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Close to the border to East Prussia some Salzburgers passed Marienburg Castle (Malbork Zamek), the former headquarters of the Teutonic Knights. World´s largest brick castle is located close to the Nogat River and was the pride of the German settlers in this region.

Left: The hanseatic houses at Elbing (Elblag). The city was a rival to neighbouring Danzig for a long time but could never reach its importance, though. To the right: The Market Gate, erected in 1319.

Left: Frauenburg, East Prussia (Frombork) north of Elbing. One of the destinations of the Salzburger Exulanten. The famous scientist Niclas Copernicus is buried here, whose uncle was the local Bishop. To the right: The “Frische Haff” near Tolkemit (Tolkmicko) close to the Baltic Sea. On the horizon one can see the dunes of the “Frische Nehrung”. Further to the right is the Polish/Russian border today that cuts former East Prussia into two halfs between Poland and Russia.

A typical road through East Prussia, the “land of unpassable woods”. Seen between Preussisch Holland (Paslek) and Heilsberg (Lidzbark Warminski). The photo to the right shows the Masurian lakes.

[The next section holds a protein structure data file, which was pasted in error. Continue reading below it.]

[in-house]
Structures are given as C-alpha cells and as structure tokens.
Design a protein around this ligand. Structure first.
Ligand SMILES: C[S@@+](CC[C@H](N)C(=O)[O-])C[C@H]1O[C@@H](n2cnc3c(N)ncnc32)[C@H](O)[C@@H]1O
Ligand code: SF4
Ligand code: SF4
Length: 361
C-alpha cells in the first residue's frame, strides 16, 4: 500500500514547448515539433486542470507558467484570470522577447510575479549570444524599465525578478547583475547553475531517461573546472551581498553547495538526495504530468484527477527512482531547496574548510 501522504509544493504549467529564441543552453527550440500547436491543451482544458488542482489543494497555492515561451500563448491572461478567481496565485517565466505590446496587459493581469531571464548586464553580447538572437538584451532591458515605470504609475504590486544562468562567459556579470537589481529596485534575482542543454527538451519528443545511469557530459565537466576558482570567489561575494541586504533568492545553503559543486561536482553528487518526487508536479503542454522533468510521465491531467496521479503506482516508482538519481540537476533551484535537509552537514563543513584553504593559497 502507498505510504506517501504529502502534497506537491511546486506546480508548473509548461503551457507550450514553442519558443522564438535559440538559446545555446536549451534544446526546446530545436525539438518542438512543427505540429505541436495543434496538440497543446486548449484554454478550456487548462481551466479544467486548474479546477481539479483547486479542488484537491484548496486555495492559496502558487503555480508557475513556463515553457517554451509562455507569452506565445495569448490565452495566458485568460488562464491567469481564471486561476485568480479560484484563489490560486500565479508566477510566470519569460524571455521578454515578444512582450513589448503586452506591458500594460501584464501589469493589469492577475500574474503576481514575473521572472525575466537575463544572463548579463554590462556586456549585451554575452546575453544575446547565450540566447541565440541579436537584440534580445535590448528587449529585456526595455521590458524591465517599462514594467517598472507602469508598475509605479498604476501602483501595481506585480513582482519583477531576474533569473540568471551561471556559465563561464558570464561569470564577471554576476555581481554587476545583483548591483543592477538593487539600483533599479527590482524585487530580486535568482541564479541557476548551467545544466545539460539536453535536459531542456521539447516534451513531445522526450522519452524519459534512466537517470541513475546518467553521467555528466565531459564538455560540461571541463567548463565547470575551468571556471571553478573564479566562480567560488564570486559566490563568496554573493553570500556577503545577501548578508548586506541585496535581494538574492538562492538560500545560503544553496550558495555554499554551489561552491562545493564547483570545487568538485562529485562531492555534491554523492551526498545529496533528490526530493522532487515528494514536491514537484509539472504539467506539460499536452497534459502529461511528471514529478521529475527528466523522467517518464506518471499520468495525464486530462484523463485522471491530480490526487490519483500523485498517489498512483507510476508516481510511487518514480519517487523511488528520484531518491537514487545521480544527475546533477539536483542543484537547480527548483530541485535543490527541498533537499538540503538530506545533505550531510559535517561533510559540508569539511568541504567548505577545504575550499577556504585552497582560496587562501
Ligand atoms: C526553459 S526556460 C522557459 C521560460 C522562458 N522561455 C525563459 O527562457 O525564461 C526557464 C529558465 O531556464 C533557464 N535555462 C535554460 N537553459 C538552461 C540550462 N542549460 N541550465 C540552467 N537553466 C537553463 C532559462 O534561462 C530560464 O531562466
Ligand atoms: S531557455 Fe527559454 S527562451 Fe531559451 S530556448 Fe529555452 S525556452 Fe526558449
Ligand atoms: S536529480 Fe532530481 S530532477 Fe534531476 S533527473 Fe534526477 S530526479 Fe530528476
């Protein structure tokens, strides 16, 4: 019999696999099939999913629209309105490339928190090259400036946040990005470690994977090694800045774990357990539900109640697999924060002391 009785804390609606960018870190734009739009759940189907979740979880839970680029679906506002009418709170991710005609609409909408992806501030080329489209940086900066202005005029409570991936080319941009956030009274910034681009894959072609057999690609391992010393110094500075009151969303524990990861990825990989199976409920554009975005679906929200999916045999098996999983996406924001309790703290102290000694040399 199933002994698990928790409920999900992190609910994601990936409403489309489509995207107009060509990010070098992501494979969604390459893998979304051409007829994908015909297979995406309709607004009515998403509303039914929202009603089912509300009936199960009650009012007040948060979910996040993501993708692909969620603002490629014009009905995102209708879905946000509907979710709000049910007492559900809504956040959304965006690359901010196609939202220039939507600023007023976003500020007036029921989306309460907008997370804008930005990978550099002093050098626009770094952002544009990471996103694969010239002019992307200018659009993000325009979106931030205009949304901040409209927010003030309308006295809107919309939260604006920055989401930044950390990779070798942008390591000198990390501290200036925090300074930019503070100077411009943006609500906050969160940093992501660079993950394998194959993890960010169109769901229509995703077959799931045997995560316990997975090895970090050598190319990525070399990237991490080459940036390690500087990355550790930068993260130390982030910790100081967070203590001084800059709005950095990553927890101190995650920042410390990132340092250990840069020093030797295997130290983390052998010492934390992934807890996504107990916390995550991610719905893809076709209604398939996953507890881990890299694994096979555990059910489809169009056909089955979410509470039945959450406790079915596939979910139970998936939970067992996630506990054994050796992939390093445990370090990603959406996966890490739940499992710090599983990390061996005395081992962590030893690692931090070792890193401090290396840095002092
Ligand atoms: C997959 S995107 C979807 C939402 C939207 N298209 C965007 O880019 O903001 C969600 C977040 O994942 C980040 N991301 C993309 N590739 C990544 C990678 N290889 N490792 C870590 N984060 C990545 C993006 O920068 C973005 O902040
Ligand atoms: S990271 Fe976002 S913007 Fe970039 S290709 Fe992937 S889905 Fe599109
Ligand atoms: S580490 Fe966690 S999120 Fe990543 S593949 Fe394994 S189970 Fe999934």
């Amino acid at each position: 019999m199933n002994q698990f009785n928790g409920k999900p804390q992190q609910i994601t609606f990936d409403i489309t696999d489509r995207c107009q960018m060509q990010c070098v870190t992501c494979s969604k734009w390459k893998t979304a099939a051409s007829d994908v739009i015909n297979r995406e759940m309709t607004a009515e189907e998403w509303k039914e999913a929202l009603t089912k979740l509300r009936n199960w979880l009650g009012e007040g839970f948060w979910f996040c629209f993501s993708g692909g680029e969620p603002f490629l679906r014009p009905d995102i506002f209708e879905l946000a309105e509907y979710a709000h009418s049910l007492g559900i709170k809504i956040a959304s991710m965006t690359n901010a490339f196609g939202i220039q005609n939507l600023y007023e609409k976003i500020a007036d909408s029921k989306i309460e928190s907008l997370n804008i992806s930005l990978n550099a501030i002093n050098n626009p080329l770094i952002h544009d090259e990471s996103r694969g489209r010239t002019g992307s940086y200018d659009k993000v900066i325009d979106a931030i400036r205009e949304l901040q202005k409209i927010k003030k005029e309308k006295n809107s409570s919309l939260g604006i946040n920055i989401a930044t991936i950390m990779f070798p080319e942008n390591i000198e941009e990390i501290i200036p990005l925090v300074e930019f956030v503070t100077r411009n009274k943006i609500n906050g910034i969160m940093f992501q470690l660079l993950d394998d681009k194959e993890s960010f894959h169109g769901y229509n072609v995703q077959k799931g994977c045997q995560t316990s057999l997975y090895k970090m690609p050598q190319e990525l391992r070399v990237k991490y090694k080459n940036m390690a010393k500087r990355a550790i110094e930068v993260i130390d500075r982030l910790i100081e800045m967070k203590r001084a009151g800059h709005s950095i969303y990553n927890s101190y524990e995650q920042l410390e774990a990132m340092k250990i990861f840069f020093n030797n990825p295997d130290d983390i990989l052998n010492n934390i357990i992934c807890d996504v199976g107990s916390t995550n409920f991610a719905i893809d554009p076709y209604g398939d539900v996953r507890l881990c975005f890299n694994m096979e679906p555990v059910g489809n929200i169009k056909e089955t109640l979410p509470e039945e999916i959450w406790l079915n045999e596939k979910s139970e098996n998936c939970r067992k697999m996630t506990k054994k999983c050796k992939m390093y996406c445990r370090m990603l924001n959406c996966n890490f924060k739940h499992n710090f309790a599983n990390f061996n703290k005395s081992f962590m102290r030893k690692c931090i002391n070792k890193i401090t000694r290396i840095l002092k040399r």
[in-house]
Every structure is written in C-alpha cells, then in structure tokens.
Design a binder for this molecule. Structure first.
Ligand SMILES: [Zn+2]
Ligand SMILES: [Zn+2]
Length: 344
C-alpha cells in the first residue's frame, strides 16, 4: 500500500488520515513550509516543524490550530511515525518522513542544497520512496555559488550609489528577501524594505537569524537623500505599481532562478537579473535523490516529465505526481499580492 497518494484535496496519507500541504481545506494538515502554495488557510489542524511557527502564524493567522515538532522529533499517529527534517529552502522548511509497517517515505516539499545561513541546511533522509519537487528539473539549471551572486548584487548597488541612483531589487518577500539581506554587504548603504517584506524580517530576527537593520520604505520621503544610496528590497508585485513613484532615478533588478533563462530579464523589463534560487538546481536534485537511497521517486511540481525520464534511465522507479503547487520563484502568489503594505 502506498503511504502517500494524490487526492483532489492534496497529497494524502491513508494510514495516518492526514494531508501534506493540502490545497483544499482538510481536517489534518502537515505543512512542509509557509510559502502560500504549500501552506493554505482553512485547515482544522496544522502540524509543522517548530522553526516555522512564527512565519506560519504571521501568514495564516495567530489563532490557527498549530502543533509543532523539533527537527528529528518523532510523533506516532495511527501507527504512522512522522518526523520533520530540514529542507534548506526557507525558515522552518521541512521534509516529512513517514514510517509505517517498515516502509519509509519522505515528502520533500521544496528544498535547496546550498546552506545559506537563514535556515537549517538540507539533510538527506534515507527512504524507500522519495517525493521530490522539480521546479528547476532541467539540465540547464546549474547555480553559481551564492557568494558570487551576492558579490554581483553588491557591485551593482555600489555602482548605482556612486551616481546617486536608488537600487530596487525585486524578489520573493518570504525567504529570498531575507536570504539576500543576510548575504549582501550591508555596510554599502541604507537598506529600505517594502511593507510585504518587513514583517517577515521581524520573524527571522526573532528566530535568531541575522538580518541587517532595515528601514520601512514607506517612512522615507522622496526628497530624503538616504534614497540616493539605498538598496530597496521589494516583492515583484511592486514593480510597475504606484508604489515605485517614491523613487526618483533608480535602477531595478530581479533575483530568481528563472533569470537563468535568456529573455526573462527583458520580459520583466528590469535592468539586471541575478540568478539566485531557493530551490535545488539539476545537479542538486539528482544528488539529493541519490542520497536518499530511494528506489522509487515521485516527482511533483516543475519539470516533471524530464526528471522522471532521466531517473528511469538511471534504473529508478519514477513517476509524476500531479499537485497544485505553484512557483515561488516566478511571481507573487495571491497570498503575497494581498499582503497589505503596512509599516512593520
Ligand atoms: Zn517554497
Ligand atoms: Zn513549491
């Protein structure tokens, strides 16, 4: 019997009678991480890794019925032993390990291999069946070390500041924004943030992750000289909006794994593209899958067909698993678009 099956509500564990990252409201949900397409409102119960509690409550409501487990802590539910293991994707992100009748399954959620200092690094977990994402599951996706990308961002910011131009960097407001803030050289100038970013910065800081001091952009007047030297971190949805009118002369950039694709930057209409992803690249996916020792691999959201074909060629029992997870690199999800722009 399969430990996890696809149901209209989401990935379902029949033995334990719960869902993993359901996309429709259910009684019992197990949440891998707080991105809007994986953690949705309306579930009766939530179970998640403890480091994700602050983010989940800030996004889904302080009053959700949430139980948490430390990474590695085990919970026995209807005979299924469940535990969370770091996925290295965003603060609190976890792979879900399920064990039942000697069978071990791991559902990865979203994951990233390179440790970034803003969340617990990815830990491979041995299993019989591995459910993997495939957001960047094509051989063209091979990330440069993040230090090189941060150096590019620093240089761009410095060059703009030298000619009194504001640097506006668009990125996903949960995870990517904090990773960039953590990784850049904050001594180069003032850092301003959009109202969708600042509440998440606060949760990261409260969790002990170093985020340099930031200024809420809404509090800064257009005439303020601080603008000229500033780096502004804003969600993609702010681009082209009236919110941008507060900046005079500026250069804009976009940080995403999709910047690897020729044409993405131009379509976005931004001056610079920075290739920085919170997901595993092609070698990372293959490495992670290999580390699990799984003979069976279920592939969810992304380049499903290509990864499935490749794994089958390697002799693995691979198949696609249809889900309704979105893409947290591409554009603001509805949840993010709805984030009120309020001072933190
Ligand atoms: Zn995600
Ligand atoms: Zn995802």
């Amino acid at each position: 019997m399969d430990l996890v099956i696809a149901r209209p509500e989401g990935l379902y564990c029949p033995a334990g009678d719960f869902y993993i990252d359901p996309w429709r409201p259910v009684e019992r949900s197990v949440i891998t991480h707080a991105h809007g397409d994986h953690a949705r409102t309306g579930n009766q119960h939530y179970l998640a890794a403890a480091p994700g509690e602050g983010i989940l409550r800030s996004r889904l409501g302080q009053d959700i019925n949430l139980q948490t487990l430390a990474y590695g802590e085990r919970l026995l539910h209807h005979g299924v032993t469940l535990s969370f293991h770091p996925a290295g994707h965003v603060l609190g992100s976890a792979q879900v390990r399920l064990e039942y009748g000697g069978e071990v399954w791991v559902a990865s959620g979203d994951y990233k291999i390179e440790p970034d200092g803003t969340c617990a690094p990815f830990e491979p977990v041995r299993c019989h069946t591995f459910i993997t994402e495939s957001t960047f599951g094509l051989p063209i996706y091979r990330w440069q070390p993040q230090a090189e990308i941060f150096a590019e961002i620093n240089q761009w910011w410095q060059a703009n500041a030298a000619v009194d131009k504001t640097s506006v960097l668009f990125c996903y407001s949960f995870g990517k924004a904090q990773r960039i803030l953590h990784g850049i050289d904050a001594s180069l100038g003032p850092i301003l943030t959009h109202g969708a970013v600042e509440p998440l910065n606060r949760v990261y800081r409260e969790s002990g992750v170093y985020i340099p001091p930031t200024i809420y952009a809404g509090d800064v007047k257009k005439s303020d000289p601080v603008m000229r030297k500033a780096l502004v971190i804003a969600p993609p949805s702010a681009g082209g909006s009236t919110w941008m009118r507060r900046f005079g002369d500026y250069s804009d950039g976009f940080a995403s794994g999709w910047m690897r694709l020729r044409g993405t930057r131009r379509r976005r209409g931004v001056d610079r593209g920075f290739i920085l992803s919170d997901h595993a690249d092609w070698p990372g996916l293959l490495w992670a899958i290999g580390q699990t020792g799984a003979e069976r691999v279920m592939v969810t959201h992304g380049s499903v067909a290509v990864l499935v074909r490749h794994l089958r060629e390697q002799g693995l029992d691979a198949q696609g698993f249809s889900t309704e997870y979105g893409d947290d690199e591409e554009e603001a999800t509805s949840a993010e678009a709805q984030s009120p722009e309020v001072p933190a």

Allenstein (Olsztyn) is now in Poland but belonged to East Prussia for many centuries. Above is the city´s cathedral and the old castle of the Teutonic Order.

Left: Neidenburg (Nidzica) was also founded by the Teutonic Knights. Right: The old chapel of the Teutonic Order comemorates the loss of 18.000 soldiers at the famous Battle of Tannenberg (Grunwald) in 1410. After the Teutonic Order became Protestant and lost its influence in the heart of East Prussia, the chapel was destroyed.


The map above shows today´s borderline between the Polish part of East Prussia in the south and the Russian territory in the north. The line in the very northern section is the Memelland area in what was then northern “Prussian Lithuania”. This area nowadays is shared between Russia and Lithuania. Prussian-Lithuania was the area which King Frederick William I. had assigned as new home to the Salzburgers with Gumbinnen as its geographical center. Some regions of southwestern East Prussia (which are part of above map) belonged to German West Prussia until 1918. After West Prussia was given to the newly formed state of Poland, the rest of East Prussia remained German until 1945.

Left: Today´s city of Gumbinnen (Gusew) is already on Russian territory. Right:The cathedral at Koenigsberg (Kaliningrad) was renovated not long ago.

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